Brandon addresses the team before its first game
Feb. 25, 2014
University of Michigan director of athletics Dave Brandon will regularly offer his view on a variety of topics related to U-M and intercollegiate sports. All his posts, along with links to related content, will be available on his page, mgoblue.com/brandon, and he is also on Twitter at @DaveBrandonAD.
Perhaps it is not the kind of trivia question that would make a University of Michigan fan race to the Internet looking for an answer, but it is a question worth noting in the history of Michigan Athletics: What day did the Wolverine women's lacrosse team play its first game?
There was no major media coverage, no marching bands. Just a few hundred fans in the stands at Villanova Stadium in Philadelphia to watch the Michigan women's lacrosse team play its first varsity game against Villanova University this past Saturday (Feb. 22).
The Wildcats defeated U-M, 20-7, but the score was secondary. It was the day Jennifer Ulehla had been waiting for since Sept. 8, 2011, when she was announced as the Wolverines' first head coach for women's lacrosse, and it was date fans of the sport have been waiting for since we announced the addition of men's and women's lacrosse in May 2011.
Nobody likes waiting, and few of us could understand the inner struggles of a head coach waiting years to get his or her team into competition.
It was 908 days from the day Ulehla was hired until Saturday's first game. Throughout it all, she showed patience and perseverance. She is ultra-competitive, and she worked hard to build a program from the ground up. She hired coaches and staff, recruited student-athletes, and helped market a team that she could not actually define until competition started in earnest.
This past Saturday it all changed. Ulehla returned to the sidelines to coach a team she has been patiently developing for its first official game.
It was just 32 seconds into the match when freshman Tess Korten scored the first goal in U-M women's lacrosse history on an assist from freshman Jess Angerman. I doubt Korten and Angerman could possibly have recognized the importance of the occasion or even thought much about how their names would be forever etched in Michigan women's lacrosse history. Instead, it was a moment of excitement and joy for the entire team as Michigan found itself leading the first game in the history of the program.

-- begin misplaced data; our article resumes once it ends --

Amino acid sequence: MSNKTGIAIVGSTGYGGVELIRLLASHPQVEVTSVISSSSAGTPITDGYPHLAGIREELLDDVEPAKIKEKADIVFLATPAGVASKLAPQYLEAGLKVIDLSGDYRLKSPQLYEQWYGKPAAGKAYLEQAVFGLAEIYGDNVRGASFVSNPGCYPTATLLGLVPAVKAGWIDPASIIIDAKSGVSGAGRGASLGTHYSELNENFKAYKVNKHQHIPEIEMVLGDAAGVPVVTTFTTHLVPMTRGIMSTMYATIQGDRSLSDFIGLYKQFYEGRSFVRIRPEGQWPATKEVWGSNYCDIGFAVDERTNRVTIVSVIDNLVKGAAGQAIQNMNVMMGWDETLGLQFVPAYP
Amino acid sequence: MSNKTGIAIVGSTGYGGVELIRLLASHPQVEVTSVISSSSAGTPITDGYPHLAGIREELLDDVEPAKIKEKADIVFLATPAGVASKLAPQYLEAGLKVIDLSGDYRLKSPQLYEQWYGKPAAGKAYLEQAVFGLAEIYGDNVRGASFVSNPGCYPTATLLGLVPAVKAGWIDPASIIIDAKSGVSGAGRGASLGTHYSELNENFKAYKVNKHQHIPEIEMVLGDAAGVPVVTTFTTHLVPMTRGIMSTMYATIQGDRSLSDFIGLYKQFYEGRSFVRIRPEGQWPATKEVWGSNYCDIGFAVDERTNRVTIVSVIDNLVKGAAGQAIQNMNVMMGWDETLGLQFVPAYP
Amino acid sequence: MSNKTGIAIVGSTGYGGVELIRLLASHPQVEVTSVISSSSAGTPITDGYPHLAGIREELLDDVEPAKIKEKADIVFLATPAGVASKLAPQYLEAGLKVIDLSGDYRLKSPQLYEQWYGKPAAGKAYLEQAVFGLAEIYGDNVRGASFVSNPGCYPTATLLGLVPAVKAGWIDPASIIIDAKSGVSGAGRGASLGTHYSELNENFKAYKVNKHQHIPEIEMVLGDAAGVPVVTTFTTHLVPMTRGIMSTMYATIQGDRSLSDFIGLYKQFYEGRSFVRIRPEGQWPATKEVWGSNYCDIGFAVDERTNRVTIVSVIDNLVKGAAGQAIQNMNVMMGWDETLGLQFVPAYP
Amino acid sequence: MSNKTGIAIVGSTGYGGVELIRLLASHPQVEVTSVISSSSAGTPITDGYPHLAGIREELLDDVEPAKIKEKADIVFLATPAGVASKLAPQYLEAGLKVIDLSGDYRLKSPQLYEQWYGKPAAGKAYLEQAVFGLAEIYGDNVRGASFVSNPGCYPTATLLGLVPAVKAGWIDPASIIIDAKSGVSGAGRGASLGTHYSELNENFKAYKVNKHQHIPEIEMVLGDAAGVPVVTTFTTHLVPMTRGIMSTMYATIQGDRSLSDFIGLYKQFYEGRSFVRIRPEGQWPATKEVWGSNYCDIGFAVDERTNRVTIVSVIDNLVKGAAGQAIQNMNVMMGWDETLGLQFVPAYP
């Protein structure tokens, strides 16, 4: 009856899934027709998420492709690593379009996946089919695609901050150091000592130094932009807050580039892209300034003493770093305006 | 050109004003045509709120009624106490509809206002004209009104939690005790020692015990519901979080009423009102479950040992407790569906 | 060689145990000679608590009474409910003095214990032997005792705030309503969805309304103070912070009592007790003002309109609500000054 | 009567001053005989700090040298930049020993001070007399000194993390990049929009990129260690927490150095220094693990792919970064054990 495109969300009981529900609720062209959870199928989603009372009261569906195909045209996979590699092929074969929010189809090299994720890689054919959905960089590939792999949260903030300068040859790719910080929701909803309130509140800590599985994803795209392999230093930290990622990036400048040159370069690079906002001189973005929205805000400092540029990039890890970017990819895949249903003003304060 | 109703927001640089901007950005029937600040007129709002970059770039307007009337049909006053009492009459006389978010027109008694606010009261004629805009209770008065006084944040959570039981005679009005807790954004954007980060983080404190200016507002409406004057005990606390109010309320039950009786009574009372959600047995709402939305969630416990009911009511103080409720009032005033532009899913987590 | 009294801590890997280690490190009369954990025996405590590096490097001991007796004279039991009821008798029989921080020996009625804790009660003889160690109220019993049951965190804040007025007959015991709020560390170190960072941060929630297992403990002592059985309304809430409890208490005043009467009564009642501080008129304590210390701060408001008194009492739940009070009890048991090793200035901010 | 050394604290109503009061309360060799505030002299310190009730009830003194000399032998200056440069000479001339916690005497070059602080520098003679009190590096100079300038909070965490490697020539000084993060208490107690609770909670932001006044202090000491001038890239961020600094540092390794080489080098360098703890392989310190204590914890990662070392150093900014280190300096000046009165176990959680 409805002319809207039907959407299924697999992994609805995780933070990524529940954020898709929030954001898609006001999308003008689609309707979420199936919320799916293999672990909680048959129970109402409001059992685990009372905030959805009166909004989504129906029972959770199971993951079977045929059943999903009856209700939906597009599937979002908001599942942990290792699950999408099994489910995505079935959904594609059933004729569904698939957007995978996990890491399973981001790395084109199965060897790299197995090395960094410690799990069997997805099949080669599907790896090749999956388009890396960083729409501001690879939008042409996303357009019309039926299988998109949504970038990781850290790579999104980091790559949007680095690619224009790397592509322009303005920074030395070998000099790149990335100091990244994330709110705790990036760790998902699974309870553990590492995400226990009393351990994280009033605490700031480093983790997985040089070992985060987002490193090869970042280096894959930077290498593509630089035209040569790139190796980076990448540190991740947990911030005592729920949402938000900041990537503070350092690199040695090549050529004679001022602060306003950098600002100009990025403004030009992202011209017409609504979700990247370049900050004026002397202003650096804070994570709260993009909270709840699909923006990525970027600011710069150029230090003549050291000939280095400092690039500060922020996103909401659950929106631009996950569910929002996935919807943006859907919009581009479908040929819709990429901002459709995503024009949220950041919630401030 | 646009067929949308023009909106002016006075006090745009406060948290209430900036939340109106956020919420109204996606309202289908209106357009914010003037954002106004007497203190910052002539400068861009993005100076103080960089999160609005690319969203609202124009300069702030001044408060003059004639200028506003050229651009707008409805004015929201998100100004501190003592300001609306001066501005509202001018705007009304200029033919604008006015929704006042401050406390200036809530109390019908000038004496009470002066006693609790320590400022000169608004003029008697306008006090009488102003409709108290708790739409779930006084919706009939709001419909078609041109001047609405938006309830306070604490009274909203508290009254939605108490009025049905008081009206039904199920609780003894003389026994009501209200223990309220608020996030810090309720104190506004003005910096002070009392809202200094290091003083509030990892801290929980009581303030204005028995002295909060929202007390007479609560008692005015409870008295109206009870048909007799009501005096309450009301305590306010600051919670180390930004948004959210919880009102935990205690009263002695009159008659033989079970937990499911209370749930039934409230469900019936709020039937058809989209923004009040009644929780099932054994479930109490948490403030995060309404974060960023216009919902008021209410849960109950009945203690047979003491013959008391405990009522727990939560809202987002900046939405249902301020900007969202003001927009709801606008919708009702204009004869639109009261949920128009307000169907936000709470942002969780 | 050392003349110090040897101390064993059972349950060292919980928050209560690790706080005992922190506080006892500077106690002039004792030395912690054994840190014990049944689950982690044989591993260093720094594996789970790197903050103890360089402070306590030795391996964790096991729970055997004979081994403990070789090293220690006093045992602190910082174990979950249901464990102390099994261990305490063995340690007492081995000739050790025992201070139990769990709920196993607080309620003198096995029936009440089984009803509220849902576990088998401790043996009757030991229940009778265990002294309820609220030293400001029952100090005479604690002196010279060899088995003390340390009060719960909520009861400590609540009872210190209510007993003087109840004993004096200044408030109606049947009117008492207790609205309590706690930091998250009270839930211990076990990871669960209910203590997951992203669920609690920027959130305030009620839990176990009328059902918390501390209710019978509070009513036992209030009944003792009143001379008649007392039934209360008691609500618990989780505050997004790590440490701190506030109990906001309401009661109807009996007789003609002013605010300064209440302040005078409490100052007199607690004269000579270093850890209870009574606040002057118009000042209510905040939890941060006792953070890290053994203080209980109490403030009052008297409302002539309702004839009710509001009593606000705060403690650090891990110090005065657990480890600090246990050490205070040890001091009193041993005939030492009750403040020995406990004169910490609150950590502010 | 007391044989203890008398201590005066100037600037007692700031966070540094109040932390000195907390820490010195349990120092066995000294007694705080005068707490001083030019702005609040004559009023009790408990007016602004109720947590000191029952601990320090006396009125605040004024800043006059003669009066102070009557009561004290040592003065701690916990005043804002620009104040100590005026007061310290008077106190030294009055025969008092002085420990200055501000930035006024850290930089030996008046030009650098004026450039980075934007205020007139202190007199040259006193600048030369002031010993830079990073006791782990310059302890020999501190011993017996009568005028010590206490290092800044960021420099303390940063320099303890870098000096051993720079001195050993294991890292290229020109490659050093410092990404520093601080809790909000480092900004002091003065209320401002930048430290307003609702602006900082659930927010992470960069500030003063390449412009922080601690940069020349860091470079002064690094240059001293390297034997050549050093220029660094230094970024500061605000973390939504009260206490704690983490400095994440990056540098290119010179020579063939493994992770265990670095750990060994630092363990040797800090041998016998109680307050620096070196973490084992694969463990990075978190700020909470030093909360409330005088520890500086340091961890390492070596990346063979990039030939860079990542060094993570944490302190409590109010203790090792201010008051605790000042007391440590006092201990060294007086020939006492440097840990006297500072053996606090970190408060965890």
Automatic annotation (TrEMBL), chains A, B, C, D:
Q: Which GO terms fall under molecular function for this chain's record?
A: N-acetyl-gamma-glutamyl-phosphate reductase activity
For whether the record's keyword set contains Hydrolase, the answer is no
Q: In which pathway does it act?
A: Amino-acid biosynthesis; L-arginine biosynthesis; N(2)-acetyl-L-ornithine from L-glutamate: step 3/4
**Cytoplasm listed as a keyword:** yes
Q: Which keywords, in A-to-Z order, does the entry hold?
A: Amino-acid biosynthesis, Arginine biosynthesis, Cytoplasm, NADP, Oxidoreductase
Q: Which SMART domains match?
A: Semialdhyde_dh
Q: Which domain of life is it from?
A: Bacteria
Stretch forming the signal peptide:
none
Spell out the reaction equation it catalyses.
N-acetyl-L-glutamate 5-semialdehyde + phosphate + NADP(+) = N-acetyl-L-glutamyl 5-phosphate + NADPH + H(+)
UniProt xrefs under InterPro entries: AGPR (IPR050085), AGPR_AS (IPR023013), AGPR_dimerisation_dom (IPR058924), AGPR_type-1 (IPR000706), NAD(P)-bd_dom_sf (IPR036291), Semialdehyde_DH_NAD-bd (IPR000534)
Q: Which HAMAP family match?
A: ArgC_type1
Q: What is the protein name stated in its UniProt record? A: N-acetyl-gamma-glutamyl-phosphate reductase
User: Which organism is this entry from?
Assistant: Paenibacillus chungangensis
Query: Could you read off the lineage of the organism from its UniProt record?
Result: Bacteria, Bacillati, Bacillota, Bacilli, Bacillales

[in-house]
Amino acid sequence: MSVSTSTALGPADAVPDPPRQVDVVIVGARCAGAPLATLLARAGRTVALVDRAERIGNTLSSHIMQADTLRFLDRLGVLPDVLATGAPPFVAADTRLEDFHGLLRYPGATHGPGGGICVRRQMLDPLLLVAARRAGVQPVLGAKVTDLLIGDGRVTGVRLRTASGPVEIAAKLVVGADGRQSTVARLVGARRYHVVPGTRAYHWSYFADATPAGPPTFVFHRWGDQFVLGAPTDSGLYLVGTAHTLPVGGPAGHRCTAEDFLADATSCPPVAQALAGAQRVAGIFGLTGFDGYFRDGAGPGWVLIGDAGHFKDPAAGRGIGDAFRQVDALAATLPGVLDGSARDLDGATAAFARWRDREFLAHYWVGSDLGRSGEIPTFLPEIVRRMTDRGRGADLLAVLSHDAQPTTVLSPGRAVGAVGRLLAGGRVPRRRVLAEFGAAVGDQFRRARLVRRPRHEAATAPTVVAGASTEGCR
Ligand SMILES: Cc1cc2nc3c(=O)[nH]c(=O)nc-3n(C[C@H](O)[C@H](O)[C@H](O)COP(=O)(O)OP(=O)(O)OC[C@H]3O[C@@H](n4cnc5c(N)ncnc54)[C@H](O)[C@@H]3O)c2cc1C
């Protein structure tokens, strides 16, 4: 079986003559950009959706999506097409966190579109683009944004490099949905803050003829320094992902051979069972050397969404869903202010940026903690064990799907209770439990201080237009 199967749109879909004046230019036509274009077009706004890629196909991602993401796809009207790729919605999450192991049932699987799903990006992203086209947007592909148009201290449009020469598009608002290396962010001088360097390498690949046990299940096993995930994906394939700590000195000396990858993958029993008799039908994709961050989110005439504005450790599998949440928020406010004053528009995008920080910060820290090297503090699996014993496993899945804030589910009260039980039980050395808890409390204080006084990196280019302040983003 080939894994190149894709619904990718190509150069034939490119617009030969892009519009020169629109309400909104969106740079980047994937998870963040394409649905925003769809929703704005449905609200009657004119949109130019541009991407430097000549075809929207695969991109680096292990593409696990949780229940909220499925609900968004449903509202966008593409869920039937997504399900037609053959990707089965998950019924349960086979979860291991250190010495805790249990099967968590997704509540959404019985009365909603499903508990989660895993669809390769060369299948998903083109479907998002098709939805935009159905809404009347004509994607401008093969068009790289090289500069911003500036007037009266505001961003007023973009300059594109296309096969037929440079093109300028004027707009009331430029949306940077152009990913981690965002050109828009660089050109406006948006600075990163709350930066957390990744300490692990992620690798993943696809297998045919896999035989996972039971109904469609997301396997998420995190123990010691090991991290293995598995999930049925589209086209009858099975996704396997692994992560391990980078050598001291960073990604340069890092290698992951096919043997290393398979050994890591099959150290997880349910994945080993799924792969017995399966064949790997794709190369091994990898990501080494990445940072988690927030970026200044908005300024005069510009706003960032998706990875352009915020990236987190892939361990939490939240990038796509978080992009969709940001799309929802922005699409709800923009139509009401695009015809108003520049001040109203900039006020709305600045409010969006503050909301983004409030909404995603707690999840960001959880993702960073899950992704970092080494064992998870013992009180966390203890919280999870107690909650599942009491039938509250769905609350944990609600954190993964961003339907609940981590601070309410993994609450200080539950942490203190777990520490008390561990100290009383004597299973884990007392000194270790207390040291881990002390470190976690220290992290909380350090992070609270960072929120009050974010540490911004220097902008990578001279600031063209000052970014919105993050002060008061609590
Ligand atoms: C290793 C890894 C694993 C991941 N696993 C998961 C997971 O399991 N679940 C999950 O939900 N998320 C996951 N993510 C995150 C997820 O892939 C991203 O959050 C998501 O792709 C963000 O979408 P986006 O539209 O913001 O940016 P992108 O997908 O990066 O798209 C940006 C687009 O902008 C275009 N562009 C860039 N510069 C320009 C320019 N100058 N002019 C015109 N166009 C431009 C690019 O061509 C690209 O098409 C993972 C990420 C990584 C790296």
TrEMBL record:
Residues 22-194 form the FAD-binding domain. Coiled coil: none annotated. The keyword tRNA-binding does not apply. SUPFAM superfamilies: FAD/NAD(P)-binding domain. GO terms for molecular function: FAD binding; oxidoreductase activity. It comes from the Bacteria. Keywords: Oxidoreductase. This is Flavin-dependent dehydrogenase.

The first game is now in the record books. Ulehla and her young team comprised of 27 freshmen have seen for the first time how this team responds on the field of competition. It was a big step. Now, the coaches, staff and the team will be able to use W's and L's to help gauge their improvement. Their goal this year is to improve each and every day.
Still, the past 31 months of preparation will be more important than game one. Those were the days when Ulehla developed a strategy to produce a plan for Team One, laid a foundation, and committed to building something strong.
Ulehla played an integral role in the initial phases of building a competitive Division I program at the University of Florida, and now she has the responsibility to build a championship program at the University of Michigan.
This Friday (Feb. 28) at 5 p.m. at Oosterbaan Field House, the Wolverines will play their first varsity women's lacrosse home game when they host Marquette. It will be a special day for the student-athletes, coaches and staff, and it will be another historic moment in the tradition of Michigan Athletics.
Another milestone took place on Saturday (Feb 22) when the Michigan women's tennis team defeated Western Michigan, 7-0. The victory gave head coach Ronni Bernstein her 300th career win. Congratulations to Ronni and the team for helping make Saturday a great day for the Michigan Athletic Department team.
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